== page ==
Hey there, cutie! Wanna make out?

On Wednesdays, Amanda Chatel will be sharing stories about her strange, fascinating and sometimes wonderful dating life. If it makes you want to date, check out TheGloss dating page.

With Thanksgiving tomorrow, how can we not cover some food/teeth/toothbrush-related dates? It would be a severe injustice not to do so! I also may want to inflict some of these images onto your brain so I won’t be alone tomorrow afternoon when I conjure them back up mid-turkey bite.

Since you guys, our amazing readers, are continuing to drown my inbox with your horror stories (I actually got a couples of positive ones, but am saving those), I’m going to keep on posting your tales until I’ve run the well dry. It will also keep me out of my own awkward dating situations for awhile, and at the end of the day it all comes down to me, myself and I. I kid! No, really I do. Maybe.

The first story comes from Maggie who, although not having ridiculous dating stories of her own, decided to share one from her mother’s experience in the online dating world. As we’ve seen before, there seems to be no end to the lying that goes on in online dating profiles and this one definitely teaches us more than one lesson.

A few months into Mom’s online adventures, a man she had been messaging for a few weeks called her out of nowhere to say he was in town, and wanted to meet. Before we go any further, I have to tell a bit about my Mother. She is, all bias aside (well, maybe not ALL bias), incredibly intelligent, well-educated, and gorgeous. Despite being in the second half of her fifties, she looks at least ten years younger, and is outgoing and active. So anyway, Mom agreed to meet up with “G” (“G” stands for geezer, ’cause he was fucking old), for the first time for coffee.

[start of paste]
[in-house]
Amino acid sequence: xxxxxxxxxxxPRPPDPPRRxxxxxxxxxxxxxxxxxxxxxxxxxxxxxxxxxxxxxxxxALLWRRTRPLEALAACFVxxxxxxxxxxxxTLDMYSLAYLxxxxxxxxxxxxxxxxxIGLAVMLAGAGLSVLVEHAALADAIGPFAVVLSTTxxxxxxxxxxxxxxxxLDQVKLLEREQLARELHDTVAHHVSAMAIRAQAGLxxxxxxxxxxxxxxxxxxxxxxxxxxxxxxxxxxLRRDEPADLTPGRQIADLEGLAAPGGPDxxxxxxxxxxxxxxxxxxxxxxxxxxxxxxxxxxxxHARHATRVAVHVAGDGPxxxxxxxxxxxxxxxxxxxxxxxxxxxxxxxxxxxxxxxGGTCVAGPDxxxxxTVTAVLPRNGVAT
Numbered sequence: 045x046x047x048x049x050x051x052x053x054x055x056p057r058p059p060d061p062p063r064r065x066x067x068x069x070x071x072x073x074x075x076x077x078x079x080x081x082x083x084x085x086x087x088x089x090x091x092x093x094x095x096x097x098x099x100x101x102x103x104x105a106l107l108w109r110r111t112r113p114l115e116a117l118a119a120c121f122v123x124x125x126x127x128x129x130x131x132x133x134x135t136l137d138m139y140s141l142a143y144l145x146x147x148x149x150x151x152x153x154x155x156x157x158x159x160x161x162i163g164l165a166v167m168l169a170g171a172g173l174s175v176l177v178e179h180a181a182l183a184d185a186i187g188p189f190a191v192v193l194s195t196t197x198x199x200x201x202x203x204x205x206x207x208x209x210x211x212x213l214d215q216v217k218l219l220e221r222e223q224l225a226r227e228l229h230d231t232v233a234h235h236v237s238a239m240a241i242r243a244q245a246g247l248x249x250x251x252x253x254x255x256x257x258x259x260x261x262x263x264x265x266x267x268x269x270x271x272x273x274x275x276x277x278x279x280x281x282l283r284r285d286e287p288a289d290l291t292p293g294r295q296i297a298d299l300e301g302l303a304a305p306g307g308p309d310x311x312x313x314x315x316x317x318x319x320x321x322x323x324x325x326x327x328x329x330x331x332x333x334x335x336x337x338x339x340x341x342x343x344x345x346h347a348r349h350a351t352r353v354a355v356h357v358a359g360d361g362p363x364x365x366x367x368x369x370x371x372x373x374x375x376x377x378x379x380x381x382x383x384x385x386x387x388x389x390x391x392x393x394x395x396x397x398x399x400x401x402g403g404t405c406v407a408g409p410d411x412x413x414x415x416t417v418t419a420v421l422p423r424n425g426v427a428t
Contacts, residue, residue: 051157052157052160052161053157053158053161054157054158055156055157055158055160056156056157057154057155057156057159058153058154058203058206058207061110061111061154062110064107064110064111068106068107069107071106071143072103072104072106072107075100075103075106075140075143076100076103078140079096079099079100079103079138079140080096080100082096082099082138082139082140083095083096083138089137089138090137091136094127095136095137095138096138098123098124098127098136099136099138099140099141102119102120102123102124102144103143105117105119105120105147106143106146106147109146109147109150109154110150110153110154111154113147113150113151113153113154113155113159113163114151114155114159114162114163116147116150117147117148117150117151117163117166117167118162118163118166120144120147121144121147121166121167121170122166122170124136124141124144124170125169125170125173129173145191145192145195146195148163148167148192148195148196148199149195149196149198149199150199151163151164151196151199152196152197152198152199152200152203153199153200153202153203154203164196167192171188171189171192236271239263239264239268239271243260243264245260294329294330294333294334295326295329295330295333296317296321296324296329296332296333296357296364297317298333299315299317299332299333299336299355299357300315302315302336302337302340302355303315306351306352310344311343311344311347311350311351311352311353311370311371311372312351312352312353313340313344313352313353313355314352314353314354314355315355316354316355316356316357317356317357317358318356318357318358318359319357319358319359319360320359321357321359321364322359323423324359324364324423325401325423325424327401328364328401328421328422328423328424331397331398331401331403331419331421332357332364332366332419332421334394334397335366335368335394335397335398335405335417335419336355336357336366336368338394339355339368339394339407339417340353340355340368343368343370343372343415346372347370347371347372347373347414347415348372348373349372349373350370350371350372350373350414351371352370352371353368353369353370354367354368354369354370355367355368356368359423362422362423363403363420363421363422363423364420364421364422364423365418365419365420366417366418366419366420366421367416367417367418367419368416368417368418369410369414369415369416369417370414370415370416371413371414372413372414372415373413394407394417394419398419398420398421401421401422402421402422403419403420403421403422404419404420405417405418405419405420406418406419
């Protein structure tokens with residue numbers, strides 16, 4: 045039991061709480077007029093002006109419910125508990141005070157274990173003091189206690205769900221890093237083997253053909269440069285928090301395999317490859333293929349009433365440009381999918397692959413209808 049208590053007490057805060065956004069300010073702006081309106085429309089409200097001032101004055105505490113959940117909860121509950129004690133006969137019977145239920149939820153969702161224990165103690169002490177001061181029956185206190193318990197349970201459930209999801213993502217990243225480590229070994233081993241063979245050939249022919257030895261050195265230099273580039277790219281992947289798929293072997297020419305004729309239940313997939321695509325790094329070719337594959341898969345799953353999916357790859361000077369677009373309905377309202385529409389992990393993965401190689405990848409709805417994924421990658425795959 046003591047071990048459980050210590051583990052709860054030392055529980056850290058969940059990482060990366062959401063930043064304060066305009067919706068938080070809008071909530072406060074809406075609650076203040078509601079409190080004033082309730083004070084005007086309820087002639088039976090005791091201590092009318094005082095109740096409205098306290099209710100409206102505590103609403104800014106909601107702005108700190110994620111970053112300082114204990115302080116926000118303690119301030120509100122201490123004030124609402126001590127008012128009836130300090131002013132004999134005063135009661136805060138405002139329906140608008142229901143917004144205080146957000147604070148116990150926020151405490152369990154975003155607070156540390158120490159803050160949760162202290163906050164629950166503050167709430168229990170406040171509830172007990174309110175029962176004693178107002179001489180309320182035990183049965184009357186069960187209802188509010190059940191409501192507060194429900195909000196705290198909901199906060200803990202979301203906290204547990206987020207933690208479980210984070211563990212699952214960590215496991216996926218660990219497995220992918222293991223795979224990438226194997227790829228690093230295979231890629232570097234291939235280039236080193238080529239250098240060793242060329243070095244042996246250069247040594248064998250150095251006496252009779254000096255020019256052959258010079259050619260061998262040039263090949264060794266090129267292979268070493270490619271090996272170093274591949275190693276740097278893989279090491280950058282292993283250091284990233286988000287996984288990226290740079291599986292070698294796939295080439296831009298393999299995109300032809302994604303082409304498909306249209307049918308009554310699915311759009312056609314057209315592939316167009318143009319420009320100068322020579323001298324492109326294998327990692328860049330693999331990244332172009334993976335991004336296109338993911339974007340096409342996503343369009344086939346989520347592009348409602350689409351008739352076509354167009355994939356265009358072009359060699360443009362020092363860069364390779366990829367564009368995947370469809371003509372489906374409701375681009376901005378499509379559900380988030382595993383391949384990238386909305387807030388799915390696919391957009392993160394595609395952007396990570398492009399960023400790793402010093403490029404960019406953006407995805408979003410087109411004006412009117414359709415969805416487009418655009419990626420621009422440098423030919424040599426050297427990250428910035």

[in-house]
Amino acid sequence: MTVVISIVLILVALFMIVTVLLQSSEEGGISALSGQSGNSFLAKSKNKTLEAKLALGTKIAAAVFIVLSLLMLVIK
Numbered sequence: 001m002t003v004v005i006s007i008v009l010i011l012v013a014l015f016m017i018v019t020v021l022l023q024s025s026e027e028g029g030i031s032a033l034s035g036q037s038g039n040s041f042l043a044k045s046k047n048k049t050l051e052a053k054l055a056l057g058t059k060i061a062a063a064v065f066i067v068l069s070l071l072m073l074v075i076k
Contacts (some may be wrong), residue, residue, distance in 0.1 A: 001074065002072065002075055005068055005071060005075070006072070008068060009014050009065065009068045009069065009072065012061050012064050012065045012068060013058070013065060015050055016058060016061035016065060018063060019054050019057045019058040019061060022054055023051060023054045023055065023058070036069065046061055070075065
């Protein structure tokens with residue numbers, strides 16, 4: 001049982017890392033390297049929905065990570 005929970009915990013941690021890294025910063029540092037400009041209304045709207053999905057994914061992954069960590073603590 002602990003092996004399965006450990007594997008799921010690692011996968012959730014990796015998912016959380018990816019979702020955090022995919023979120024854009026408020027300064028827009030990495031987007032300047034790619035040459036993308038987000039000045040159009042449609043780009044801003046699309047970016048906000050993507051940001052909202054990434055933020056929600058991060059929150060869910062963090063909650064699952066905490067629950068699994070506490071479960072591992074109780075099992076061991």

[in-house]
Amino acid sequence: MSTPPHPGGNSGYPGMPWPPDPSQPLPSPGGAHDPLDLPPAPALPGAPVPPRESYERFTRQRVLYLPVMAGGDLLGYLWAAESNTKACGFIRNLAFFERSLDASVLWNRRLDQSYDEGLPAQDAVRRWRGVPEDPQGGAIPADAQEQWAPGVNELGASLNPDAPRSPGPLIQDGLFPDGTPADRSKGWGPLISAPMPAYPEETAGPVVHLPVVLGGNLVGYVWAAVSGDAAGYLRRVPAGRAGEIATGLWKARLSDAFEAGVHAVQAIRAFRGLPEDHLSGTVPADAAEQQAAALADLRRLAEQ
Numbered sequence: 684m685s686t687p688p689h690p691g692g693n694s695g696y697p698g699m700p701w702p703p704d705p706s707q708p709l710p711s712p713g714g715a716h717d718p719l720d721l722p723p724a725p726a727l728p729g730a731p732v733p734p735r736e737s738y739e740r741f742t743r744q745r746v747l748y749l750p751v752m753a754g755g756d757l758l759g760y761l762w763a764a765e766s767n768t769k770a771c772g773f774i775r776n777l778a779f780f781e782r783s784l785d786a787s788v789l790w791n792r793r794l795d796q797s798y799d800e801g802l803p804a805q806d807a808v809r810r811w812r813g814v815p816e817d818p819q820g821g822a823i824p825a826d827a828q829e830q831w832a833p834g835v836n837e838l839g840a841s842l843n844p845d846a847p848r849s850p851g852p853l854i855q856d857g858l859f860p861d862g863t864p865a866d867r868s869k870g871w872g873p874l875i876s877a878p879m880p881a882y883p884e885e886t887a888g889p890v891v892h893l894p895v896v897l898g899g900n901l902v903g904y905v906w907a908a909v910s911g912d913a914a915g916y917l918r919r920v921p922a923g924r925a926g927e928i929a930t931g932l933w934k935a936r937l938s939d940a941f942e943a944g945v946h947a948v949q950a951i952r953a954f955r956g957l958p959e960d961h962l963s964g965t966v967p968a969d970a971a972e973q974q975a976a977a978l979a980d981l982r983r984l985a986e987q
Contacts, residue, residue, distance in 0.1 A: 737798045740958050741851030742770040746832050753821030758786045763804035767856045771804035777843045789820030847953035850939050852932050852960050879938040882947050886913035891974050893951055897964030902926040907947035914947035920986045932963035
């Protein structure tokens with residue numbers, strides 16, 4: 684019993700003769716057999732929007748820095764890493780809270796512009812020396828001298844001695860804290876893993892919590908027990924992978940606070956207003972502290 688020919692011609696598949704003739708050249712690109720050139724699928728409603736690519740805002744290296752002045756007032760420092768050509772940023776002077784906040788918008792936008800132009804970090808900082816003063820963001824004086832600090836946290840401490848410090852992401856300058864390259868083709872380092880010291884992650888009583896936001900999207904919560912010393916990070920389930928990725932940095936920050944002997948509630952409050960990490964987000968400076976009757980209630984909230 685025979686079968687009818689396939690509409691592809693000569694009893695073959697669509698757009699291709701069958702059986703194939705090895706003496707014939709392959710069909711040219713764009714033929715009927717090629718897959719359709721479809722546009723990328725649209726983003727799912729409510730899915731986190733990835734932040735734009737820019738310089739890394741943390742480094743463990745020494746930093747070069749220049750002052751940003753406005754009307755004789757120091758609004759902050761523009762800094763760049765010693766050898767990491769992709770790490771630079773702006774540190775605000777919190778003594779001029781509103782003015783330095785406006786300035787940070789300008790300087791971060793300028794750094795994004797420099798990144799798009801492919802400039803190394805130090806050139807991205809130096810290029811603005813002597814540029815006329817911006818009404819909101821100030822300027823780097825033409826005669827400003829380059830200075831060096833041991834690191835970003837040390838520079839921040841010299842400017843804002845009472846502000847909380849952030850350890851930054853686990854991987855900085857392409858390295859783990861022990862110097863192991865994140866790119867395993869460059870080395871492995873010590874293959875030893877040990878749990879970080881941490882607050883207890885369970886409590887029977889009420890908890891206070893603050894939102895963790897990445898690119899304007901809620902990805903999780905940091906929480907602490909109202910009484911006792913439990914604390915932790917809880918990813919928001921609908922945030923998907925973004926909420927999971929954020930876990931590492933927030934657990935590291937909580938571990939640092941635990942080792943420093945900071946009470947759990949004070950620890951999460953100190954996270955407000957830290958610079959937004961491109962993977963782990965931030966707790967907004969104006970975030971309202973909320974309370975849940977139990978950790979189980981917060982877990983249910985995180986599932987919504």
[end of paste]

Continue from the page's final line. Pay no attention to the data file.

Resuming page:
When she got there, it was a disaster. G’s online profile picture must have been at least 15 years old, because this guy looked to be in his late sixties. Not only that, but he had apparently lied to her about all of his “interests.” She tried to discuss books; he said he didn’t read. She tried to discuss music; he said he only listened to AM radio. Basically, they had nothing in common. My Mother, being the nice person she is, invited him to her house for dinner that night, since he had driven about three hours to get there.

Before dinner, they were watching a “Riverdance” TV special. I don’t know if Irish dance is as big in the States as it is in Canada, but a lot of East Coast Canadians go ape-shit for it. (Chatel note: “We do! But apparently, we’re not as obsessed here in the States.”) My Mom kept trying to make conversation, until G started shushing her. Any time she would try and speak during a performance, and keep in mind they were in her living room, G would shush her and say he really wanted to watch it “without distractions.”

Finally, when dinner was ready, the best part of this story happened: Before they sat down to eat, G excused himself to the washroom, and came back to the table… WITH NO TEETH. That’s right. This man, whose online dating profile said he was in his “mid-fifties,” took out his false teeth before having dinner with a woman he had just met. He then proceeded to complain that her food was “too chewy.”